"The evidence submitted to the Hearing Panel shows that respondent was guilty of acts involving moral turpitude, dishonesty or corruption; that he violated his oath and duties as an attorney, violated various canons of ethics of the profession adopted by the Supreme Court of the State of Washington, and was guilty of a course of conduct demonstrating unfitness to practice law."

[6] We start with his sly refusal to give his client a written proof of the client's rights in the airplane against respondent's duty to return the same to his client. By this device he assumed control of his client's property at virtually no risk to himself, for, by his own evidence, he advanced some $27,000 on a plane for which he had been offered $41,000. The Korean conflict had been on for nearly a year. By expending the $27,000, respondent, who had knowledge of the air transport business, knew that not only would all liens be lifted but that the plane would be restored to flying status.

From that point on, including his deceitful answers to the writ of garnishment, his false and misleading answers to the written interrogatories under oath, he showed his continuing unfitness to continue in the profession; and in his false, deceitful and misleading answers under oath on oral deposition, he continued a course of action demonstrably characterized by deceit, pettifoggery and dishonor. His evasions under oath, both in the trial of the accounting action in the superior court, and in the trial of this disciplinary proceeding before the hearing panel, showed that time and travail had taught respondent little concerning the *797 ethics of the profession or his responsibilities to it, the court and the public.

As if his actions might possibly be viewed in an ambiguous light, he emphasized his previous and concurring misconduct by maliciously bringing an action against a fellow lawyer, solely for the purpose of coercing the lawyer into embarking on what in itself would be deemed to be unethical conduct; that is, to force the lawyer to take steps to dissuade a client from maintaining an action at law which the client had the right to bring. This in itself is a form of corruption. The action against the fellow lawyer, accompanied as it was by a threatening letter, has no justification that we can find either in vindication of the respondent's rights or in enforcement of a correlative duty owed him by the defendant. Respondent clearly maintained the action for purposes of harassment, coercion and malice.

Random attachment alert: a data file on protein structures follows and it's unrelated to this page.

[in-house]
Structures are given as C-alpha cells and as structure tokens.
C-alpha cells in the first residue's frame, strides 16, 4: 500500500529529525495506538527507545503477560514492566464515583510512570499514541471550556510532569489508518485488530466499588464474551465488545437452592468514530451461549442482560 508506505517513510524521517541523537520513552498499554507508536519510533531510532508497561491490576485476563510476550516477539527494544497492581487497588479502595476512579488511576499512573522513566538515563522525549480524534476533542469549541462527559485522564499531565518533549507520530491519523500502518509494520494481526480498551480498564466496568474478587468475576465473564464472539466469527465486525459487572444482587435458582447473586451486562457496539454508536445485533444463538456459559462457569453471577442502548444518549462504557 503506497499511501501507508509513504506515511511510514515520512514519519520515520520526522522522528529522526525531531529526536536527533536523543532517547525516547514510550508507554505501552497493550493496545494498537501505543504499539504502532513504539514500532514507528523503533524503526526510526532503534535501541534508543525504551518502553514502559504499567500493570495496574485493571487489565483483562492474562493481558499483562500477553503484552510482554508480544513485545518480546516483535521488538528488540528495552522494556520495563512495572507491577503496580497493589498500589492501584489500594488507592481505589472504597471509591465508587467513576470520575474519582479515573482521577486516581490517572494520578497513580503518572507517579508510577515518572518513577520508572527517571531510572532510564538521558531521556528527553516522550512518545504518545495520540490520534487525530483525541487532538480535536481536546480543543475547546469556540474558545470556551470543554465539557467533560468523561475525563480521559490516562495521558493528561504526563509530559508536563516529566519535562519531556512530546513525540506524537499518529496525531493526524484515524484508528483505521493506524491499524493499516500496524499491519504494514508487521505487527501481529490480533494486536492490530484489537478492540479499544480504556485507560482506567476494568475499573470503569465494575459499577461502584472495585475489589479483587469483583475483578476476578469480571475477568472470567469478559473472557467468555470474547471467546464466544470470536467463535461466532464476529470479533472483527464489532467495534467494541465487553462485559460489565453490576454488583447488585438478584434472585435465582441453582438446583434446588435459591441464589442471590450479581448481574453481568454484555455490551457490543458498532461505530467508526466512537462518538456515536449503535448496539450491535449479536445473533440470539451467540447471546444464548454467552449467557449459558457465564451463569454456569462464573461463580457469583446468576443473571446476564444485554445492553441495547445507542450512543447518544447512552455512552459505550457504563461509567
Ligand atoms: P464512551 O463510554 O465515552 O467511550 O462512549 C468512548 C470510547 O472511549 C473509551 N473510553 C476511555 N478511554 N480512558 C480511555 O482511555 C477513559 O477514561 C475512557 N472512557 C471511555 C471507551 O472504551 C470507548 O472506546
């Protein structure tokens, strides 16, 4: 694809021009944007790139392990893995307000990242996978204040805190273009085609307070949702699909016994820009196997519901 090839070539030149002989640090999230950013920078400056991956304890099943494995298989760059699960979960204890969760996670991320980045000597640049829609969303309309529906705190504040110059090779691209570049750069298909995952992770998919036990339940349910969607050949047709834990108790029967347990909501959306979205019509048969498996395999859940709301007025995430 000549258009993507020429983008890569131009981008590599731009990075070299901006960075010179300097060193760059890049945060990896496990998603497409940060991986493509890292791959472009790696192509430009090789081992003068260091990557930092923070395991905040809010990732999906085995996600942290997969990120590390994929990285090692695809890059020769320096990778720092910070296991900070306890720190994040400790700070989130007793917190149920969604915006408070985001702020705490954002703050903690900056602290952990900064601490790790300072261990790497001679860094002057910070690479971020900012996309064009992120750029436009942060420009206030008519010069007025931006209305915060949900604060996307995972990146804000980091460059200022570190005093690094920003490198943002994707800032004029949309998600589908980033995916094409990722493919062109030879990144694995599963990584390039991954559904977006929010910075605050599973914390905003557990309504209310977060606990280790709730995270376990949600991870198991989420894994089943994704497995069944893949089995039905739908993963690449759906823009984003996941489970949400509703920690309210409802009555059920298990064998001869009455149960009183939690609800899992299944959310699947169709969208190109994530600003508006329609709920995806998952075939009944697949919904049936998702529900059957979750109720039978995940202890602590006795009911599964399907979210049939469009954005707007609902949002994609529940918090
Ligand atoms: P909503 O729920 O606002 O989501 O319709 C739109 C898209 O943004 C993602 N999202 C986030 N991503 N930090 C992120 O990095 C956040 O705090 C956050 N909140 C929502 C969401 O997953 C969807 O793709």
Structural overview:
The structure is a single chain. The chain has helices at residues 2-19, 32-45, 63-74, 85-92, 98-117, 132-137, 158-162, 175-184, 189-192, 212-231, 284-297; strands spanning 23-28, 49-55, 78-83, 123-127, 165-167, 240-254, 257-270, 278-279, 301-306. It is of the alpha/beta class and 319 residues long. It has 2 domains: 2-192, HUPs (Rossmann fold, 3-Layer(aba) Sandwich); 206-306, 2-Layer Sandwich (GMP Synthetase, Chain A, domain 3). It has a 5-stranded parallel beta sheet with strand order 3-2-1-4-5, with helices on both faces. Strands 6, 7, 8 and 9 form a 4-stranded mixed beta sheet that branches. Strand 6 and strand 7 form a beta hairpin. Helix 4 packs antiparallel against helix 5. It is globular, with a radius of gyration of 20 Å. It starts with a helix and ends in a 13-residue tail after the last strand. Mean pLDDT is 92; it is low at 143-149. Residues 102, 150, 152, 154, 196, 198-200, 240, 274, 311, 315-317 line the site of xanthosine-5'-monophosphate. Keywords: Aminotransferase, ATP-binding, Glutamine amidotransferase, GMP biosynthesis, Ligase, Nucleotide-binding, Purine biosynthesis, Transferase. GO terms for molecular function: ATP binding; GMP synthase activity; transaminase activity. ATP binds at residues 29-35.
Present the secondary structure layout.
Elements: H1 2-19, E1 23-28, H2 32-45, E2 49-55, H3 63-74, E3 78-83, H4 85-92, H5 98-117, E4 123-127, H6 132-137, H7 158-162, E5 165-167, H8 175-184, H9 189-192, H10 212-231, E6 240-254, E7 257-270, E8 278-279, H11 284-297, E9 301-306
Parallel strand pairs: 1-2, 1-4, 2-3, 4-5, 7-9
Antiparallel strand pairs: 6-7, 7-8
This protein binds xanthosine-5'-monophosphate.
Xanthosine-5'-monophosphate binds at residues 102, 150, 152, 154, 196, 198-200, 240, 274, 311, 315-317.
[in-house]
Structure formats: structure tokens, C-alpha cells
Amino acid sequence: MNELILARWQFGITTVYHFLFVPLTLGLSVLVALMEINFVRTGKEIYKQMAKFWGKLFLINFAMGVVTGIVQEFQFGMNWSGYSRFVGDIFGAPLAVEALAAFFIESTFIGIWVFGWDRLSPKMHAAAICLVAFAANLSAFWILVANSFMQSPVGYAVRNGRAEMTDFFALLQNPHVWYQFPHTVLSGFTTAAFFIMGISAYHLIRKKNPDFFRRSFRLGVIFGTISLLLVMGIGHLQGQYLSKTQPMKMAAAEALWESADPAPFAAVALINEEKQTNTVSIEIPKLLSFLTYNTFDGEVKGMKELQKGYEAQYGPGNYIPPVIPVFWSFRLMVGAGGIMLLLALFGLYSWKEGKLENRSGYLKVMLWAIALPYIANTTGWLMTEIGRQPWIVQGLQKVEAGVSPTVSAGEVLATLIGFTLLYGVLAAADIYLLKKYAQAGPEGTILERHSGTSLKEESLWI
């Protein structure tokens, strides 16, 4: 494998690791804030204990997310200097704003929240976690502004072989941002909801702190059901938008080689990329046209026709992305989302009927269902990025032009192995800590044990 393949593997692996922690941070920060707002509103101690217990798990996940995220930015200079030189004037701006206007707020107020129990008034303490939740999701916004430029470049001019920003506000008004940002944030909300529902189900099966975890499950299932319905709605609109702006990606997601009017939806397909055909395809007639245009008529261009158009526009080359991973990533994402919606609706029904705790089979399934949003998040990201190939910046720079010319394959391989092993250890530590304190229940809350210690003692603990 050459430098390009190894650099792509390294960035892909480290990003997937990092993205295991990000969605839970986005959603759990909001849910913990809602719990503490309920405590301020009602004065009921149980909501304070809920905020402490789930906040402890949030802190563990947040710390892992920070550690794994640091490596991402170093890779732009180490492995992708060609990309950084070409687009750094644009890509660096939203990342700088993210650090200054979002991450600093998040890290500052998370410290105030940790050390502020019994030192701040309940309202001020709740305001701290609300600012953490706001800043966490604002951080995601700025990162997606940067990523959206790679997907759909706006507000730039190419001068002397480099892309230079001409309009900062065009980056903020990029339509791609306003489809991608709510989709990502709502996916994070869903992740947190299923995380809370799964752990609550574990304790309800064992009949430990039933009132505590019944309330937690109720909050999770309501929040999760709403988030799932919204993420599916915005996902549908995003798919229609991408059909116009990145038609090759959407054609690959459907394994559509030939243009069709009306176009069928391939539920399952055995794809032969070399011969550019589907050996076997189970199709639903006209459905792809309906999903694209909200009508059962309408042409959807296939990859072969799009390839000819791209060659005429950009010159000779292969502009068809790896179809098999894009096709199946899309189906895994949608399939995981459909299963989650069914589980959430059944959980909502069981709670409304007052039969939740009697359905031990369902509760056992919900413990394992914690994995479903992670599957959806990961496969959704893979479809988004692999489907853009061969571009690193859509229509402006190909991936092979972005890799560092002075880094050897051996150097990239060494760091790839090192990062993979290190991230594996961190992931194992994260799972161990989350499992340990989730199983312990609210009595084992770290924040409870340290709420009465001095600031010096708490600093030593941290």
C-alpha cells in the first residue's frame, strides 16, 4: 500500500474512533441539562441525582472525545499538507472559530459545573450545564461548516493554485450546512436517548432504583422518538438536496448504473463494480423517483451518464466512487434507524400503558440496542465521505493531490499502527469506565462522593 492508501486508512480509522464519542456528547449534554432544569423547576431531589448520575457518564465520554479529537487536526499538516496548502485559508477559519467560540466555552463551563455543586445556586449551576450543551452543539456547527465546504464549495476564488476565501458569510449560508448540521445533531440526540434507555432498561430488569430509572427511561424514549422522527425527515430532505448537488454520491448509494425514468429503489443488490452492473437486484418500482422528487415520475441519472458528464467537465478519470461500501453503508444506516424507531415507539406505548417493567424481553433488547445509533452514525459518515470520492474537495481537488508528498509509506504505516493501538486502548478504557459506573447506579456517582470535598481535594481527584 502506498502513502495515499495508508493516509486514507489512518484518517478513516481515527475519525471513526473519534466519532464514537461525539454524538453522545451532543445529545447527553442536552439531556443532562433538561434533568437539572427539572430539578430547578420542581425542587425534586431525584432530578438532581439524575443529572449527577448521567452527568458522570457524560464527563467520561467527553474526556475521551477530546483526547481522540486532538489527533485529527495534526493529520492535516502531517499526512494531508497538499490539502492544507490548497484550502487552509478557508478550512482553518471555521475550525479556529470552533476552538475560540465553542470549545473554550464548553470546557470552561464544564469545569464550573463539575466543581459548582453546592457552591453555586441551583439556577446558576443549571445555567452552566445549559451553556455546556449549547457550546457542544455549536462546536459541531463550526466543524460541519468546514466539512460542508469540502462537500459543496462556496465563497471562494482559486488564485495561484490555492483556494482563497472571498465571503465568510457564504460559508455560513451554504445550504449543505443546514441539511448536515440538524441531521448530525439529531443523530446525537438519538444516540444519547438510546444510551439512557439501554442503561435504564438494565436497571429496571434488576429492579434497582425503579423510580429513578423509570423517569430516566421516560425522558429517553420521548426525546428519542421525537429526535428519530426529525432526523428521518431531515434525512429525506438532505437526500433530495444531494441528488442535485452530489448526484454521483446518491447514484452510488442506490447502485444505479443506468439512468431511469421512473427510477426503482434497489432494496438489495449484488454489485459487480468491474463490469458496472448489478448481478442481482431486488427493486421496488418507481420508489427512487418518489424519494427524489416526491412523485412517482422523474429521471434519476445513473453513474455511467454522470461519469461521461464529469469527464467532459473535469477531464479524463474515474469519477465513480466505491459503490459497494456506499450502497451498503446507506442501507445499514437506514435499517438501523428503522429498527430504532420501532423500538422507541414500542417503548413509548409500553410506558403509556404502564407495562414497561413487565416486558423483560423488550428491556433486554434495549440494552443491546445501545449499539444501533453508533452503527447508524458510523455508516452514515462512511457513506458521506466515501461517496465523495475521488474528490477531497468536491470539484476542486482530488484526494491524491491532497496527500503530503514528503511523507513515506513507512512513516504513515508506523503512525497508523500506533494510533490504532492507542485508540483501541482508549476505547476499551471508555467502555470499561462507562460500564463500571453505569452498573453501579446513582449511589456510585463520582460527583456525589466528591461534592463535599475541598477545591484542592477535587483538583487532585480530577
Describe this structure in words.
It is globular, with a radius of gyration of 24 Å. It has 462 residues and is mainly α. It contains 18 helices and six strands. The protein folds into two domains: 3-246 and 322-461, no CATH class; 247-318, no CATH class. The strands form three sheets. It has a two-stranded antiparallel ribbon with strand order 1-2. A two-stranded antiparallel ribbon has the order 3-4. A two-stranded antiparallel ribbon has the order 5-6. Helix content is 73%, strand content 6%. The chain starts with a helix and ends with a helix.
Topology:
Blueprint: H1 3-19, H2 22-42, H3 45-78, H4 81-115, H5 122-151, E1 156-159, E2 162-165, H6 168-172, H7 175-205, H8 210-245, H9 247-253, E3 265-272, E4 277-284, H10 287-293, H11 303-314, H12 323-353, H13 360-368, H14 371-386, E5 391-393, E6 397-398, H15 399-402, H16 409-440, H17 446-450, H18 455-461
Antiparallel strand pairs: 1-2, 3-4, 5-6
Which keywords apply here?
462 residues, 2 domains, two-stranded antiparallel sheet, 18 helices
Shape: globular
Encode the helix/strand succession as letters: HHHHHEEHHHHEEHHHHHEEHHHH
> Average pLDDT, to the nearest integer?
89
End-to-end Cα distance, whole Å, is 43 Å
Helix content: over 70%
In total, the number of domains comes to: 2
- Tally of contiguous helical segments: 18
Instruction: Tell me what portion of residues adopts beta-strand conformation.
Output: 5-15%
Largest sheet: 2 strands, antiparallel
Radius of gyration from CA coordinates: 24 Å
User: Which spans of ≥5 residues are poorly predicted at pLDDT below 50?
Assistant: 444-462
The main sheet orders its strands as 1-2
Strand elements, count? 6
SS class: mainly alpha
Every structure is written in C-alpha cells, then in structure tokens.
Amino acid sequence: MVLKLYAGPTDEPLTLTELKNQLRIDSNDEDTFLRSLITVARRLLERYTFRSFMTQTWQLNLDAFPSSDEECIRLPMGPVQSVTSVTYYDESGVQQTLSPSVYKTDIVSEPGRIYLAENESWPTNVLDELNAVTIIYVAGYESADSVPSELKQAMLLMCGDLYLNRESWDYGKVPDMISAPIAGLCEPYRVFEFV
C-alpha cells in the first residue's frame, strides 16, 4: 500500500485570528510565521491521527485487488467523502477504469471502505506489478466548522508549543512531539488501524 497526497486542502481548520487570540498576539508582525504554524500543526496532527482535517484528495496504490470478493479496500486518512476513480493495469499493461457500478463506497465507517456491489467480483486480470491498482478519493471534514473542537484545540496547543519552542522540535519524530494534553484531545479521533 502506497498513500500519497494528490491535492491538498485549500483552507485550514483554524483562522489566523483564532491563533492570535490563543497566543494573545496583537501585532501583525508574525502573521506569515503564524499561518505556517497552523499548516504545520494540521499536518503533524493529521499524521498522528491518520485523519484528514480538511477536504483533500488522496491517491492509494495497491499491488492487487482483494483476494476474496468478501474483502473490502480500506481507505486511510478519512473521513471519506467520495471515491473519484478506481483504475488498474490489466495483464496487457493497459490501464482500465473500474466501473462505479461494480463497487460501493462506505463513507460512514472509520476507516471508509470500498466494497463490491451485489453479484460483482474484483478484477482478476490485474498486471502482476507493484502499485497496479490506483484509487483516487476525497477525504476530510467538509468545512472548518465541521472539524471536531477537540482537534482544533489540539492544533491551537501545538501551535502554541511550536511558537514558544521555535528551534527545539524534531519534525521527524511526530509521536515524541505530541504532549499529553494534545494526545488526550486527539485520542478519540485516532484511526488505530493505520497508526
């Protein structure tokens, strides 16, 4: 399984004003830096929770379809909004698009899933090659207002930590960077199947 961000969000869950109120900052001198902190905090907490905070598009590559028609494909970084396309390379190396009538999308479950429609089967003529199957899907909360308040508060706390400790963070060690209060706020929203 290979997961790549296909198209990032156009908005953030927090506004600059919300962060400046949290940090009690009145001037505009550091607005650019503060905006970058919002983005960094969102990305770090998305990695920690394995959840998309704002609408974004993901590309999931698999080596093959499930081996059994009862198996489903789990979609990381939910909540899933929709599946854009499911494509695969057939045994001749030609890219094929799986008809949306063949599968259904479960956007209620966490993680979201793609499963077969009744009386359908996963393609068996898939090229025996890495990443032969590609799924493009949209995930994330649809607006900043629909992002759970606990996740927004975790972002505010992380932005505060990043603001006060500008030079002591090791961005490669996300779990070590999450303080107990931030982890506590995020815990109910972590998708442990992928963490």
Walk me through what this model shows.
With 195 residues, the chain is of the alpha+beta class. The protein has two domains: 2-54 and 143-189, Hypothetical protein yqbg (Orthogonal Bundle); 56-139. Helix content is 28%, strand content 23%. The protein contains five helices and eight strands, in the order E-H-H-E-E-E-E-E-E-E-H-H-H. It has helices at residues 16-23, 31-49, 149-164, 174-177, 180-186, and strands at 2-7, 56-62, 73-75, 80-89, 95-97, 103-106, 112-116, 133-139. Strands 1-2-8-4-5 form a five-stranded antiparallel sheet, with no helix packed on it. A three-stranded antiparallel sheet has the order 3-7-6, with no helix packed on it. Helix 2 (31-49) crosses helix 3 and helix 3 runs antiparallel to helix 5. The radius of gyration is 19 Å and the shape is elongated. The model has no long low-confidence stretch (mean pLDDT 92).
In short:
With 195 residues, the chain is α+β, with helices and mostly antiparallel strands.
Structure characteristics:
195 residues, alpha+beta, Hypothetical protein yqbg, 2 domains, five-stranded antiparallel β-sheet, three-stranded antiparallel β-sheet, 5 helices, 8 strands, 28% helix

And all during this time, stretching over several years in a minor sense it is true respondent carried out his professional activities under a false and deceptive partnership name. This violation of the professional ethics, while minor in degree when compared to the gravity of the other violations noted, further shows respondent's cavalier disregard of his professional responsibility.

We do not think the long period over which these violations took place makes the respondent less culpable, but, on the contrary, emphasizes his continuing unfitness to practice law. He was, and is, unfit to continue in the profession, and he is, therefore, disbarred. His name shall be stricken from the roll of attorneys.


FINLEY, J. (dissenting)

I do not concur in the majority opinion. It is my view that the court, in disposing of this matter, should adopt the recommendations of the Washington State Bar Association Board of Governors, nothing more, nothing less.

*798 HUNTER, J. (dissenting)

I dissent. I feel disbarment is too severe a penalty in view of the circumstances out of which the unethical conduct of the respondent arose; the failure of evidence to establish that the respondent profited at his client's expense; and which, to the contrary, shows a substantial financial advantage gained by the client by reason of the respondent's services.

The backdrop of this case was a business transaction between Eddleman and Johansen, rather than a typical attorney and client relationship. The misleading evasive tactics of Eddleman began when creditors of Johansen were attempting to garnishee his interest in the C-47 aircraft. Eddleman was the garnishee defendant in the proceeding wherein Johansen was the principal defendant. Eddleman's subsequent unethical conduct, revolving about his dealings in connection with the aircraft, was in bitter adversary proceedings in an atmosphere of disputes and misunderstandings where emotions undoubtedly influenced better judgment. Moreover, much of the controversy was subsequent to the execution of a mutual release and settlement upon a suit instituted by Johansen against Eddleman, which undoubtedly rekindled and intensified the bitterness and misunderstandings.

In the beginning, Johansen had an aircraft that was to be sold at a sheriff's sale to satisfy $24,604.33 in creditors' claims. Eddleman took title to the aircraft, paid off the obligations, and operated it under a corporation in which he was the sole stockholder. The aircraft was rebuilt and extensively repaired and new motors were eventually installed. After approximately three years of controversy between Eddleman and Johansen as to the understanding relative to use of the plane, a voluntary mutual release and settlement was executed, with Johansen paying Eddleman $9,000 in attorney fees and Eddleman, in turn, placing Johansen in ownership and control of the aircraft, which resulted to Johansen's benefit in the value of approximately $65,000.